“The Things They Carried” by Tim O’Brien Essay Sample

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  • Word count: 1,344
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  • Category: story

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Introduction of TOPIC

“The Things They Carried” by Tim O’Brien is a short story, incorporated into he novel of the same name that contains narratives, united into a singe writing due to the presence of the same characters in all short narratives. In addition, all components of the novel are based upon the same topic: Vietnam War and both physical and psychological survival of the soldiers, who participated in the conflict. “The Things They Carried” is an introductory story, in which the author uses settings to provide a basic exposition of the severe war realities and the characters’ fates, interlaced with the major topic. The paper is designed to discuss the meaning of settings, physical objects and imagery and the way they determine of influence the plot development.

As Steven Kaplan (1995) writes, “The theme of the story is that the soldiers carry more than just physical items. A lot of the story was devoted to listing off all the different types of items and weapons each soldier carried. The various objects’ weights’ were described in detail. However, they were not the only things weighing down the soldiers” (Kapolan, 1995, p. 129). Importantly, the story begins with the description of letters from the girl the protagonist is in love with: on the one hand, this detail can be regarded as insignificant and romantic beginning, whereas it is also possible to presume that the author implies the primary meaning of emotions and feelings, which might appear a heavier burden (comparing to the warrior’s luggage) or fill a person with unusual lightness and minimize the physical weight of the items the characters carry. The author provides a description of letters, which objectively weight very little, but have an important place in Cross’s mind, with regard to their sender – the beautiful young lady, whose safe future deserves bloody struggle in Vietnam in general as well as Cross’s personal courage in particular.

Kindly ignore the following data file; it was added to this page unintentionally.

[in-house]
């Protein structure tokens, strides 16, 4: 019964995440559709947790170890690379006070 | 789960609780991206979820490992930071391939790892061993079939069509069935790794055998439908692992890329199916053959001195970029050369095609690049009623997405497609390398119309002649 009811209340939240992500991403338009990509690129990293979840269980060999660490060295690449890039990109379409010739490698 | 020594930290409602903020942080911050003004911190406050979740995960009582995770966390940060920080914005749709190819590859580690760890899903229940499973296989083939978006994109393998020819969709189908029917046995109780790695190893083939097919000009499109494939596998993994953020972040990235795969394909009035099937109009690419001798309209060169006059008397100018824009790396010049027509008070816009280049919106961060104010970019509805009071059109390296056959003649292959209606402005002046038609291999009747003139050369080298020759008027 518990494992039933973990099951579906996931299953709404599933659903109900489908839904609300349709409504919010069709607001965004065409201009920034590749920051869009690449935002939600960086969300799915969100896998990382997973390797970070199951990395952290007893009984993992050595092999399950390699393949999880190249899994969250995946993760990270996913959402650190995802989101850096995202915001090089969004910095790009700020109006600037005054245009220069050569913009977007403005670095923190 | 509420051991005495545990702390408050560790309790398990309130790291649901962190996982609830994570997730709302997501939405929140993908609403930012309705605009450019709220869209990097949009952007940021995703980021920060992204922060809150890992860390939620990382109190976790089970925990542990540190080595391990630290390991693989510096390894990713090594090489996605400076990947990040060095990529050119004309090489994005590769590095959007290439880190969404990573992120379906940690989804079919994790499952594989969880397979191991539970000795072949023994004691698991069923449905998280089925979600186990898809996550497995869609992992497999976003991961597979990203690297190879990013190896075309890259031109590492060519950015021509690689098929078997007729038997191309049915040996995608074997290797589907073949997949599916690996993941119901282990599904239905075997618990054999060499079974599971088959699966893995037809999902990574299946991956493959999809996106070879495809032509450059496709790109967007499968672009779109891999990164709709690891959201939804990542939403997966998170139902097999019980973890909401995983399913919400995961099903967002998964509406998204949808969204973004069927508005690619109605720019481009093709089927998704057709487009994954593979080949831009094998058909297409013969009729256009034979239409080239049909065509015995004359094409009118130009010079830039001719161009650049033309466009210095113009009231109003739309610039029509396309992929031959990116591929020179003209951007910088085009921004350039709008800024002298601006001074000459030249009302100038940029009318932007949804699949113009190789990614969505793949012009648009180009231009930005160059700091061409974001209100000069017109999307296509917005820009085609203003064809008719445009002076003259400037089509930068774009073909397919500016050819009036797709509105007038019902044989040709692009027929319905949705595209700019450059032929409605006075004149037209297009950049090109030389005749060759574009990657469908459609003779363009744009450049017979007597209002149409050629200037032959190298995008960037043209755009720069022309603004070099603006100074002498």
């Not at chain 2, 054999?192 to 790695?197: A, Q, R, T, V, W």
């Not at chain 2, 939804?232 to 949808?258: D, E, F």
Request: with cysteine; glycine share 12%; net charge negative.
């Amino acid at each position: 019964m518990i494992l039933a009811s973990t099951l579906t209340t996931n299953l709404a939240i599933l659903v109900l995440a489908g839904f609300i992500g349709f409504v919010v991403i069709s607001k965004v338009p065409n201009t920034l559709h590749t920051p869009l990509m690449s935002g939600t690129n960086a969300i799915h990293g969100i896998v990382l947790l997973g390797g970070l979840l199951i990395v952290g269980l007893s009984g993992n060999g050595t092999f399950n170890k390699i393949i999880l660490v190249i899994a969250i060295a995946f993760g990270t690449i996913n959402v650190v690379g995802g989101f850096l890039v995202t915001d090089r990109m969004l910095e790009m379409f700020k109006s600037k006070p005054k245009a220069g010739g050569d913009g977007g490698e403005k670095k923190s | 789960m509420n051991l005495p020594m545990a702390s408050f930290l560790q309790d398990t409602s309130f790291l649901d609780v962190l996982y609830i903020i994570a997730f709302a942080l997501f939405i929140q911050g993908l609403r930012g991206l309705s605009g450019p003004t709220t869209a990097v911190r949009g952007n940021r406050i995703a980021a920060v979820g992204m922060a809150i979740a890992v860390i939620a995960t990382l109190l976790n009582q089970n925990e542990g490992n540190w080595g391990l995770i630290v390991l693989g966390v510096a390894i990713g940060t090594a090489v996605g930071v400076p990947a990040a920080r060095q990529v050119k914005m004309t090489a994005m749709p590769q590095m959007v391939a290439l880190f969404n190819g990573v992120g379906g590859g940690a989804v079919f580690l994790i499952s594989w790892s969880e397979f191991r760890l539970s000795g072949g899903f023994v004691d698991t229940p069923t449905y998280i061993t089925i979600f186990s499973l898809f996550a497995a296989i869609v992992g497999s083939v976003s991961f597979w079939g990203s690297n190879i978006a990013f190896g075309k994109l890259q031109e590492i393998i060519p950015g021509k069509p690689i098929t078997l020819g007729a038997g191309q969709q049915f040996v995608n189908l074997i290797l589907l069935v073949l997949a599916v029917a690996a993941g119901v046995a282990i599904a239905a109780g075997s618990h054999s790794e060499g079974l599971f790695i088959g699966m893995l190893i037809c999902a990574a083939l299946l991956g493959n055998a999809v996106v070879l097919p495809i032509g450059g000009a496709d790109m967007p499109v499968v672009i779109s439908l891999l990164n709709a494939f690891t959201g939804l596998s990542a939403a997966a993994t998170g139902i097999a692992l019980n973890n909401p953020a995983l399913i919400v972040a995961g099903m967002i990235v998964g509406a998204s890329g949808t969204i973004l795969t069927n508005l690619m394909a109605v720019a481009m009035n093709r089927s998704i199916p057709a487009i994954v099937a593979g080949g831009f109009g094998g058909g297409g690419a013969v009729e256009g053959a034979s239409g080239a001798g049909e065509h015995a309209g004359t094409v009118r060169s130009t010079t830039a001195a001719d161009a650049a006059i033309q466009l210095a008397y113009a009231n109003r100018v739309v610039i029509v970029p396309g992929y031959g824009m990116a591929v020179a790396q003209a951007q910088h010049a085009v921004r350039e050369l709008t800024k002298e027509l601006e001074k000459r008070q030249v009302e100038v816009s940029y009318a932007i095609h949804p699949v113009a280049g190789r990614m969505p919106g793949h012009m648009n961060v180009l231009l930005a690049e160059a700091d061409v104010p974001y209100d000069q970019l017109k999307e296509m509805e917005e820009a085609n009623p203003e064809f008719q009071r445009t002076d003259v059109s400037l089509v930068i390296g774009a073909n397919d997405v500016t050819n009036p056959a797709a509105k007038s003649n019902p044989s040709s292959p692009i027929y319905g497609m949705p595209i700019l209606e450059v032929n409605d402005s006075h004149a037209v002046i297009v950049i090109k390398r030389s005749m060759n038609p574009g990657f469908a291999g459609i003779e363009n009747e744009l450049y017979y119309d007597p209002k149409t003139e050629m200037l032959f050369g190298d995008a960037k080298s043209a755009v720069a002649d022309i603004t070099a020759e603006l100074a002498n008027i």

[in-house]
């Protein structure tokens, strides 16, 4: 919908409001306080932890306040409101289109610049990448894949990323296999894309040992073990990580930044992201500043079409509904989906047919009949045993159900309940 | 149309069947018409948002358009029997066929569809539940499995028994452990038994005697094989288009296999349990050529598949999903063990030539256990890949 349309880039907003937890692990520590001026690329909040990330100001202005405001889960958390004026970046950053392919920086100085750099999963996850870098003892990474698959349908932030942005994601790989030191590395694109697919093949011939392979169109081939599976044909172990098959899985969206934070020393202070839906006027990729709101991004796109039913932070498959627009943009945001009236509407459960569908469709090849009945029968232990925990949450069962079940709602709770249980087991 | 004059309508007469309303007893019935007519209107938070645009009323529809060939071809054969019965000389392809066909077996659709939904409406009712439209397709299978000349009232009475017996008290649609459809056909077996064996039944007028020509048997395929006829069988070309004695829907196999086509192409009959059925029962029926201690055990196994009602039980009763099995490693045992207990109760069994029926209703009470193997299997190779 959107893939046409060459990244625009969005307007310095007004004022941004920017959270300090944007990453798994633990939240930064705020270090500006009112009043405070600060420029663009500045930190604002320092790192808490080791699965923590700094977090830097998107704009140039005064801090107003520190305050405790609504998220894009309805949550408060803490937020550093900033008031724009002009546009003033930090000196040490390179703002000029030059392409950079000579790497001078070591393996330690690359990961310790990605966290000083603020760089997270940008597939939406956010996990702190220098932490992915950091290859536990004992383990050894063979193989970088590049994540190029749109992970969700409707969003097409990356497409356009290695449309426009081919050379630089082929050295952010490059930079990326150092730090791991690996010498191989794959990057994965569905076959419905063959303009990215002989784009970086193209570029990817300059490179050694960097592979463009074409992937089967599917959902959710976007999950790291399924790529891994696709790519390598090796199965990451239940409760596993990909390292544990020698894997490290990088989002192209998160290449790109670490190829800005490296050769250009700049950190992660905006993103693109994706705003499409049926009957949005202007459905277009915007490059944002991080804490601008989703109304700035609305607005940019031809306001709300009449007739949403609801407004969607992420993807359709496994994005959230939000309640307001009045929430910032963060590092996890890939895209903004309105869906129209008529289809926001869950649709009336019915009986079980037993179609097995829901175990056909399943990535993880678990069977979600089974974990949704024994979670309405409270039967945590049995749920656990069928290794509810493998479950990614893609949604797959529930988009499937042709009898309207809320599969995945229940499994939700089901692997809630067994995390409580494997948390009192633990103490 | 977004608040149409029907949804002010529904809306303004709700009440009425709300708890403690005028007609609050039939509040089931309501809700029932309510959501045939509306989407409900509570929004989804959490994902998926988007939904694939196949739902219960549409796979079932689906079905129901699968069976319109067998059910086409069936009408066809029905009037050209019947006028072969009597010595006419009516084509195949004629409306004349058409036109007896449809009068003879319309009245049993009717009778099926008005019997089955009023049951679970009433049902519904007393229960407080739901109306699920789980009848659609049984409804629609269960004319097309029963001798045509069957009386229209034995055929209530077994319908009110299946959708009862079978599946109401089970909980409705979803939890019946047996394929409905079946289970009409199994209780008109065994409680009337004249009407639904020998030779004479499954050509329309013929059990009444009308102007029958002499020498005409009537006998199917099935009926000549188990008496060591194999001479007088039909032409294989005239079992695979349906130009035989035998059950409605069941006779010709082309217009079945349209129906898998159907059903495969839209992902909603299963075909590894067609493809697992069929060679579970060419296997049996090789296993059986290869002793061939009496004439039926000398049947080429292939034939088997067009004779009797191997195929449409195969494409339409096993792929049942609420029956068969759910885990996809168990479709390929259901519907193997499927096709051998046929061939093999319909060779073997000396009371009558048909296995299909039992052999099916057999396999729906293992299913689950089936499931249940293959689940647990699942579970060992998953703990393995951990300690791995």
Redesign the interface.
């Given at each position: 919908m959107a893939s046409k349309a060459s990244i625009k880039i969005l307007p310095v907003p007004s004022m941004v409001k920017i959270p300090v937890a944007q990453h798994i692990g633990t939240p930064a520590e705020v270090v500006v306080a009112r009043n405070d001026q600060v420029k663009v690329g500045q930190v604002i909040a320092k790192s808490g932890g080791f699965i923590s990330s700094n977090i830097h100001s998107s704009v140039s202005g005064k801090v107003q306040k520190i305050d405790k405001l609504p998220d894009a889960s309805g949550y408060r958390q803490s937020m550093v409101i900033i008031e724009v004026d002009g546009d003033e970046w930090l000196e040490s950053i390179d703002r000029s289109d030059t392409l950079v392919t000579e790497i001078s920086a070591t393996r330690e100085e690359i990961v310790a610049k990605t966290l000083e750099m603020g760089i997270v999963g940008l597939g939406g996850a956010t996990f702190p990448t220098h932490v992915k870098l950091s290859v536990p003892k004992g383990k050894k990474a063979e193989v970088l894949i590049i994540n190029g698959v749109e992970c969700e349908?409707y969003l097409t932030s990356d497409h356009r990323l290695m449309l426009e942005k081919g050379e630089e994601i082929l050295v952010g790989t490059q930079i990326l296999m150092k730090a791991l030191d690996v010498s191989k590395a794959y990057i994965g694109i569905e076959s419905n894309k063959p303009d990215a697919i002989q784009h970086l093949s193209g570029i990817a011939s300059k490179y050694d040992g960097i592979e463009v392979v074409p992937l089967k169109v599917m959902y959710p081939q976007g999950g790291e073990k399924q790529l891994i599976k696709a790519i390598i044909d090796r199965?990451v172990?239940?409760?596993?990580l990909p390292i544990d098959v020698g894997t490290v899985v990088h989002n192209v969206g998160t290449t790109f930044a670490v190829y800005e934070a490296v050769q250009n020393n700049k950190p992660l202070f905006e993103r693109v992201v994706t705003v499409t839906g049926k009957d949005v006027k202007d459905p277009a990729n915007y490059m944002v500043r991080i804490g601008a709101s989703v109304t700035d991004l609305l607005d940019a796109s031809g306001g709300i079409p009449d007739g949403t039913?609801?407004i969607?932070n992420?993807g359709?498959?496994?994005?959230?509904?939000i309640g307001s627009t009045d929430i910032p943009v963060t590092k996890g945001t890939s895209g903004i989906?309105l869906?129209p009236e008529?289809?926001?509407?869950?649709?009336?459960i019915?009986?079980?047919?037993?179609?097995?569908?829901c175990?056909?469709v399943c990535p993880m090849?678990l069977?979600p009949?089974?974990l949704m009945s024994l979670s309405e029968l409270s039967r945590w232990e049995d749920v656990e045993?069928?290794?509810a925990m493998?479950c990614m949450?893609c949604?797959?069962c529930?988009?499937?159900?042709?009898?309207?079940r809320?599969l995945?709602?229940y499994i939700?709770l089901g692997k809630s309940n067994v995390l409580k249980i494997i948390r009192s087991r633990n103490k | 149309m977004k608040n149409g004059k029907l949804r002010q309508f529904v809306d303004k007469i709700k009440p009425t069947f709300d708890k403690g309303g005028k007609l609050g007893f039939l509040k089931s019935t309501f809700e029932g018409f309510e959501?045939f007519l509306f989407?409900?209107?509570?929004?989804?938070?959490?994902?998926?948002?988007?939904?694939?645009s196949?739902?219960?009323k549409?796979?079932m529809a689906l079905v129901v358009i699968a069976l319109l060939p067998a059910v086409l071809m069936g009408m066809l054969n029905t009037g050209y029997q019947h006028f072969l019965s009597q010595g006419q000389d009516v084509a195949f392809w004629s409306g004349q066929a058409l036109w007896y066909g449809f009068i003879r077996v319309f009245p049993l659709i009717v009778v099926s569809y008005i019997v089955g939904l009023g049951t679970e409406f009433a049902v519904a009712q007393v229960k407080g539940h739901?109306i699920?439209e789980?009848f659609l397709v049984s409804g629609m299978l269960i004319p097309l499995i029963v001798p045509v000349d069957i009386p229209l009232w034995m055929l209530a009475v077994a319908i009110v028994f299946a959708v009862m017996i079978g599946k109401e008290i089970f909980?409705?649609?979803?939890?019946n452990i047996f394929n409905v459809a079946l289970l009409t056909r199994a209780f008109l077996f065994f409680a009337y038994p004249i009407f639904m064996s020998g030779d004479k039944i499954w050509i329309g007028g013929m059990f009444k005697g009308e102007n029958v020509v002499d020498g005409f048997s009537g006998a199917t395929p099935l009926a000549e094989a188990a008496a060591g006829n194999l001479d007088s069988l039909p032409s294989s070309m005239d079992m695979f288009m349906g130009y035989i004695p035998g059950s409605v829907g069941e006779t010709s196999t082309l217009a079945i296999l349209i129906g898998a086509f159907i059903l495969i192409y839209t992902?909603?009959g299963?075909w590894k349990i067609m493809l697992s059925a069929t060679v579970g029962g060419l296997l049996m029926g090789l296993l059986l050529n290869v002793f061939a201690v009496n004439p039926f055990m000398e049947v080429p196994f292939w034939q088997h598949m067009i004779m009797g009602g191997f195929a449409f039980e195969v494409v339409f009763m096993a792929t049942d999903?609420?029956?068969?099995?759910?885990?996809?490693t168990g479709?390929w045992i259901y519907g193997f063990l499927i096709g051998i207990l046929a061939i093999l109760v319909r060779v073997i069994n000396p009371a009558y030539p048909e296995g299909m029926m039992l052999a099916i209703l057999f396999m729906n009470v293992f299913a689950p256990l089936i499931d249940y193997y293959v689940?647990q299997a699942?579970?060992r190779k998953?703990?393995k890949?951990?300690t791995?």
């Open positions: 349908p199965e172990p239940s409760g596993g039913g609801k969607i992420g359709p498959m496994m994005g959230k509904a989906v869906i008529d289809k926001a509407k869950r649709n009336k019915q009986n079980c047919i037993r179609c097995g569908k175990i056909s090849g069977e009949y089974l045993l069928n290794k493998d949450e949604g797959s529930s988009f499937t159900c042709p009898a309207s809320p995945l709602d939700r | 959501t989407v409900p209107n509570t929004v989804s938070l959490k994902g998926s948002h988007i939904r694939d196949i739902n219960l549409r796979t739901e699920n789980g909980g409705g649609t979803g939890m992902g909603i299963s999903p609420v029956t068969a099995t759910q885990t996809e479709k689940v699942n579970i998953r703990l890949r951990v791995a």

The description of the items carried by the character, instead of its details, does not create the impression of immutability – on the contrary, listing the items, the author points to certain dynamics, or movement, – first of all, the soldiers are moving towards Than Khe, a Vietnamese village; in addition, there is a distortion of temporal frames in the writing: for instance, it describes Ted Lavender as alive, but mentions several times that he will be killed on the battlefield. This means, the story’s dynamics is to great extent determined by the dissolution of linear time with following revelation of the events, which will take place later in the narrative.

In addition, the items, carried by the characters, to certain degree reflect the aspects of their ‘military’ lifestyle: “The things they carried were largely determined by necessity. Among the necessities or near-necessities were P-38 can openers, pocket knives, heat tabs, wrist watches, dog tags, mosquito repellent, chewing gum, candy, cigarettes, salt tablets, packets of Kool-Aid, lighters, matches, sewing kits, Military payment Certificates, C rations, and tw

o or three canteens of water”  (O’Brien, at web-archive.org, 2001). This short passage suggests

that in the situation of continuous adversity the individuals focus primarily on the satisfaction of heir basic needs – for food, water or cigarettes to which they are addicted; necessity is a key term explaining the purpose of the luggage, and, speaking more metaphorically, – necessity has conditioned their engagement into the military conflict, as war is a generalized political necessity as well as subjective moral obligation, placed upon males, declared as physically capable of participating the armed conflict. In addition, the inclusion of the depictions into the story might also point to the initial biological necessity the soldiers encounter – the desire to survive, so that all mentioned items serve this purpose and contribute to the increase of their physical stamina and mental resistibility, supported by the provision of cigarettes, sweets or other types of food that might be regarded as a remembrance from the ‘peaceful reality’.